I’m off to see the new Fright Night film tonight – well, not new exactly…new remake – I’ve not watched any trailers or read any reviews as I want to walk in with an open mind. The 80’s certainly were a golden period for horror films. My all-time favourite zombie film is The Return of the Living Dead. My all-time favourite vampire film is a tie between Fright Night and The Lost Boys – I really can’t decide which is better so they are both number 1. Generally speaking games should have an easier time of it when being remade – I think principally because people associate the actors with the films and you can’t really reuse them X years later – games don’t have that problem; they’re just making the same characters more detailed.

Some great examples of remakes include Resident Evil and Metal Gear Solid for the GameCube. In fact – these were the two games I bought the GameCube for. I remember walking down the high street shortly after purchase and thinking to myself ‘have I just gone back in time five years!?’ Seriously –  they were two of my favourite games on the PlayStation and here I was some years later buying what were essentially the same games (albeit graphical enhancements and gameplay additions). Consumer familiarity drives a lot of purchases – it’s why games like FIFA and Madden refuse to die, why sequels tend to do so well, why licensed content is used like it’s going out of fashion and why for each Angry Birds and Doodle Jump you have a dozen Angry This and Doodle That clones. I can understand why some developers get shirty with the clones – but to be fair it’s not the developers who make the clones who are to blame – it’s us consumers and our need for something new, yet familiar to what we have enjoyed in the past.

That’s why innovation is risky – if you are going to innovate I would suggest innovating a feature of your game rather than aiming for an entirely innovative game. Consider the gravity gun in HL2. It was risky and innovative but it worked because it was only a part of the overall experience – if HL2 was a gravity gun from start to finish it wouldn’t be as good.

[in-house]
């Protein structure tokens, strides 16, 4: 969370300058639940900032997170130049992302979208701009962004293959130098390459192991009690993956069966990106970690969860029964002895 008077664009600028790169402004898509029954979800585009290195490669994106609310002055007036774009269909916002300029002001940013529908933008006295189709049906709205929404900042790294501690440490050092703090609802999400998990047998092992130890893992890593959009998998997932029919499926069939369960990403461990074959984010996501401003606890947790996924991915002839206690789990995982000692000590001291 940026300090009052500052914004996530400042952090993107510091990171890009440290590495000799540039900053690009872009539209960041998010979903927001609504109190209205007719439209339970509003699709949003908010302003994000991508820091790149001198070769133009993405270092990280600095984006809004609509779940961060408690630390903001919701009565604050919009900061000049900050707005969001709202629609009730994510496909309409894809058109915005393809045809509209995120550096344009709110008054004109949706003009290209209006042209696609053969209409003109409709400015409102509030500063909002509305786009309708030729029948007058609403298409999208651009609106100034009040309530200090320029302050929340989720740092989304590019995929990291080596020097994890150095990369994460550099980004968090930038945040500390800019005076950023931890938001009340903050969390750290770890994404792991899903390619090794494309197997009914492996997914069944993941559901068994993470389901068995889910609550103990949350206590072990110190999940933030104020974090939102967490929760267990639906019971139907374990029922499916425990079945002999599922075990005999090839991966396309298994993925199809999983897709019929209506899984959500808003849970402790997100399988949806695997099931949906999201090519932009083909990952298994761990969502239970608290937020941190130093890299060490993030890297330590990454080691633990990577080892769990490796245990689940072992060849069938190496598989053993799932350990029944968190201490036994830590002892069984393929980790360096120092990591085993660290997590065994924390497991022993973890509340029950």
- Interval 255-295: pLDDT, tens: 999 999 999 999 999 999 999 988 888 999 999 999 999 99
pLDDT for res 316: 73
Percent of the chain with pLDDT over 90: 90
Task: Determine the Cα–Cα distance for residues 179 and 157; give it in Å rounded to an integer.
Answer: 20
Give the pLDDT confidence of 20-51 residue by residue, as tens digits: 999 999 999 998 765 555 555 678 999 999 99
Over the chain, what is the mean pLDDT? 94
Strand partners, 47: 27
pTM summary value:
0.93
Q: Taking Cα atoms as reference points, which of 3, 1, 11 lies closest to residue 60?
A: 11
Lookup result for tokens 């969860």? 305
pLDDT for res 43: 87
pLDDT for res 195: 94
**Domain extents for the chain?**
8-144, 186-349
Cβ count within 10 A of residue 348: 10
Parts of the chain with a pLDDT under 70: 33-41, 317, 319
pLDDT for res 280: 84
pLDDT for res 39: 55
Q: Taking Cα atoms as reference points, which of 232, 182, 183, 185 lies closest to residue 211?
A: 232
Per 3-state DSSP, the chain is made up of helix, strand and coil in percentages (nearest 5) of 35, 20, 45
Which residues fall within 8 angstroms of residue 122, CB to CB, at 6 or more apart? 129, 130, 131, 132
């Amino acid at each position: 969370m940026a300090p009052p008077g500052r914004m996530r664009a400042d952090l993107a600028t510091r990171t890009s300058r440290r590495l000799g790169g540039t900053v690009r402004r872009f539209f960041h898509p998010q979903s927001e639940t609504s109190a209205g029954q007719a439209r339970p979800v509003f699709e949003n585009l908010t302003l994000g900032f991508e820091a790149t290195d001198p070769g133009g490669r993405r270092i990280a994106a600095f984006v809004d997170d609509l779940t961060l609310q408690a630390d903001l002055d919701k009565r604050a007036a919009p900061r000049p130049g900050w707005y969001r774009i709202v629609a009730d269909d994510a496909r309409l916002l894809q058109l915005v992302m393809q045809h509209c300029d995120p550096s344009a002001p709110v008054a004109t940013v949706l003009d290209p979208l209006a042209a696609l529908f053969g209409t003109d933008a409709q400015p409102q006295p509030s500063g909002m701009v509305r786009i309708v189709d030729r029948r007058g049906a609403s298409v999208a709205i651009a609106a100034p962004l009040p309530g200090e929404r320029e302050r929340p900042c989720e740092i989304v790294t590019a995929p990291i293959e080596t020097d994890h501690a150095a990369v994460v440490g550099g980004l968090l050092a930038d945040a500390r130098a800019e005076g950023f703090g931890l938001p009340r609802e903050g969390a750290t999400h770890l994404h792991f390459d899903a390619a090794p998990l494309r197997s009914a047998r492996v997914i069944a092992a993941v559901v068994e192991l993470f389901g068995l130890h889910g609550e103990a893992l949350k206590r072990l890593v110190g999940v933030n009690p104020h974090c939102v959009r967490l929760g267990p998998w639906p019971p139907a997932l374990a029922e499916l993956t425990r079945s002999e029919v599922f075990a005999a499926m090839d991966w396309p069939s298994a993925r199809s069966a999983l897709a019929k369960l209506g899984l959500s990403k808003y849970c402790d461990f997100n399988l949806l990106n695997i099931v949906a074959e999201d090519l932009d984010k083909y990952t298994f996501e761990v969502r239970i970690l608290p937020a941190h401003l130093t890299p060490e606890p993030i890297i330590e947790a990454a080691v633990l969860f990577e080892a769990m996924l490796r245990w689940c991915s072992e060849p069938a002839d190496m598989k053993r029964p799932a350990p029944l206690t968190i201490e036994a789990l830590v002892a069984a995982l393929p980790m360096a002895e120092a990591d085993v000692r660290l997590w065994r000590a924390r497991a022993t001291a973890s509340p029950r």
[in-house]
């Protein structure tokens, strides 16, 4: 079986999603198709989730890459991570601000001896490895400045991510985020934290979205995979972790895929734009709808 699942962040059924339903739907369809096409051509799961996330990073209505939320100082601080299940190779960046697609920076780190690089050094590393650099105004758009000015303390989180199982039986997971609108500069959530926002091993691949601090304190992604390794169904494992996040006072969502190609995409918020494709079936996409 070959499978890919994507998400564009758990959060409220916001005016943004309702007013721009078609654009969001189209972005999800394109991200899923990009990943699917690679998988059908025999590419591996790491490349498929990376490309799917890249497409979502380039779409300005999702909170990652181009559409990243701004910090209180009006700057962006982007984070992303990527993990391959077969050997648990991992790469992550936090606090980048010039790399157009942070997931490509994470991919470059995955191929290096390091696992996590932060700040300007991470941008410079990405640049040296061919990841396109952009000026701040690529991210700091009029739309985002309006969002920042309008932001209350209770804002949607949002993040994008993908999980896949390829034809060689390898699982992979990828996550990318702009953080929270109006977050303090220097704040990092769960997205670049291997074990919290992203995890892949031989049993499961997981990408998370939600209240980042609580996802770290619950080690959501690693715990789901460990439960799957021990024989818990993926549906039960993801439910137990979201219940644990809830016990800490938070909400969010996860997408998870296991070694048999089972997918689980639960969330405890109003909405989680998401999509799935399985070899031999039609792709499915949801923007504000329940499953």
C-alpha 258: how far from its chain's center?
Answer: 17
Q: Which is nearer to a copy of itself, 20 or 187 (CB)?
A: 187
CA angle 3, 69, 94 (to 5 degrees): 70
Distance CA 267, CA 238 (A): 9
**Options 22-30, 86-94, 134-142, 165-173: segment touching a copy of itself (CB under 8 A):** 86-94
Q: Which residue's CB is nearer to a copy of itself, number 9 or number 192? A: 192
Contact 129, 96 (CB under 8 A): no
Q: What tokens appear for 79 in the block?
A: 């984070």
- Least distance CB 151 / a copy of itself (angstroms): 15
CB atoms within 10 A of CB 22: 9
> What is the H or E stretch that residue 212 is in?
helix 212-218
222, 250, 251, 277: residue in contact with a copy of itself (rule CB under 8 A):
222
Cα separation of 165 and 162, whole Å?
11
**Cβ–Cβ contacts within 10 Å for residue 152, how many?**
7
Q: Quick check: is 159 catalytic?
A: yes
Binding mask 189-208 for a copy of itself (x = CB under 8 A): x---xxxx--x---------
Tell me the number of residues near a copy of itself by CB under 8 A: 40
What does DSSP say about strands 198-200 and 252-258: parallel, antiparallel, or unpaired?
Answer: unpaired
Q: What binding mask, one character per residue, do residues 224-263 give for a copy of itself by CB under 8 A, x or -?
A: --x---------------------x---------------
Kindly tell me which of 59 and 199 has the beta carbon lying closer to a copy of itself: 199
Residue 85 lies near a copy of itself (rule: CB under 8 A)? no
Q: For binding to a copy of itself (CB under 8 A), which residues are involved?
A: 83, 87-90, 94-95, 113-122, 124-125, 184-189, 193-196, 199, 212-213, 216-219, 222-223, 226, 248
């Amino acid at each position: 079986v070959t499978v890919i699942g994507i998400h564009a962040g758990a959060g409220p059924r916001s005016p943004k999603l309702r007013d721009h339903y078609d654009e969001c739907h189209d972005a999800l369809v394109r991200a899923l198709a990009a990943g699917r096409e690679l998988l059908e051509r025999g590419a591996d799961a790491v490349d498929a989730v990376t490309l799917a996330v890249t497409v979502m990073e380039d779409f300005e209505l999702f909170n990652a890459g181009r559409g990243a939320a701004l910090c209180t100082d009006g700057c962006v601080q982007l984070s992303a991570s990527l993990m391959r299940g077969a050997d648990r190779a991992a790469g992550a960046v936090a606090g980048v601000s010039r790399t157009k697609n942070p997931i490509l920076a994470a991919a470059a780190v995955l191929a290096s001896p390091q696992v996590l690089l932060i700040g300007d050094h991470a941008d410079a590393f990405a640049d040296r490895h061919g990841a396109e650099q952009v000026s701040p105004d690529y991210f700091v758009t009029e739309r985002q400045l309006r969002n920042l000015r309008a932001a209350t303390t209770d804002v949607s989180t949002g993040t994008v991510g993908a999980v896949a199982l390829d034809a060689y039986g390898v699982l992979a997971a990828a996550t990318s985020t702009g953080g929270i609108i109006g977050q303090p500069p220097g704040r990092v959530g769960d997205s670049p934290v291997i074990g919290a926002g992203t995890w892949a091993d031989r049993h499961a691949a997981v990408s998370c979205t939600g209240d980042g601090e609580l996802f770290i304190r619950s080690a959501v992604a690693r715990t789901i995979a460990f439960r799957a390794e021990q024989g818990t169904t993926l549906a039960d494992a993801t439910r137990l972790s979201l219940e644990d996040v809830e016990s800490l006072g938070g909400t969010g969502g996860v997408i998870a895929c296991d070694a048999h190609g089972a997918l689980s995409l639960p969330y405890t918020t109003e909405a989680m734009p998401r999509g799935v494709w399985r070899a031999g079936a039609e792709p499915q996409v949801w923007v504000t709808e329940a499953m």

So going back to the subject of the remake – what we really want to see is pretty much the same but with all mod cons and a few bells and whistles…not a complete hatchet job (Sega – I’m looking at you..and again).

You’re so cool, Brewster! Trips!

There aren’t too many games available where you get to play as the zombie(s). Off the top of my head I can think of only two – Stubbs the Zombie and L4D. I’m sure there are others but unless they are hidden gems there’s probably a good reason I haven’t heard of them. The idea of controlling not one but a whole group of zombies is an interesting one – and a game that sprang to mind the more I thought about it was Katamari Damacy. I think one of the reasons Katamari works so well is that the game effectively rations out the gameplay in such a way that you’re left equally satisfied and frustrated at the end of a round. Watching the Katamari grow is satisfying, but watching as it grows large enough to start doing some real damage as the timer counts down its final seconds is frustrating. This would be an essential element to emulate in any game using a similar mechanic.

The zombie game premise would essentially be the same (albeit a lot gorier than the Prince’s endeavours) – you would start out with a small group of zombies, maybe even one, and then gradually build up the size of the horde allowing you to progress onto bigger and better things. Along the way you would have scaling opposition in the form of have-a-go-heroes, police, military and ultimately some kind of secret government agency. The player’s ultimate aim would be to amass as large a horde as they could and infect an entire continent. But this would develop from humble beginnings in the same way Katamari Damacy does – I’m thinking patient zero could be a child in a playground – controversial maybe – but then that never hurt sales!

Another film popped into my head today. George Romero’s Day of the Dead. While not my favourite zombie film, it would probably make the best film-to-game transition out of any other. It’s a lot easier to visualise the gameplay for a Day of the Dead game than that of The Return of the Living Dead. Firstly,  the film is set in one central location (underground base) and that would serve as the player’s refuge from the zombies. You can then build on this by having characters within the base provide the player with tasks – could be fetch quests, search and rescue missions etc. The helicopter is principal mode of transport when above ground so that would open up the play area (I’m thinking something between Fallout 3’s Capital Wasteland and Dead Island’s Banoi) – and 80’s Miami would be a great location for a game; as perfectly demonstrated by Vice City. Within the base itself you can have three factions struggling for superiority – scientists, soldiers and blue-collars; each dependent on the other but resentful at the same time. The player could then align with one particular faction and the game would evolve from there – shaping the conclusion. Scientists would be aiming to resolve the issue through domestication/neutralisation of the zombies, soldiers would be gearing up for an all-out attack, while the blue-collars might be content with holding-up and seeing how long they can survive.

This stuff is complete fantasy – but if you’ve never thought about how you might turn something you love (like a film or book etc.) into a game – you’re missing out!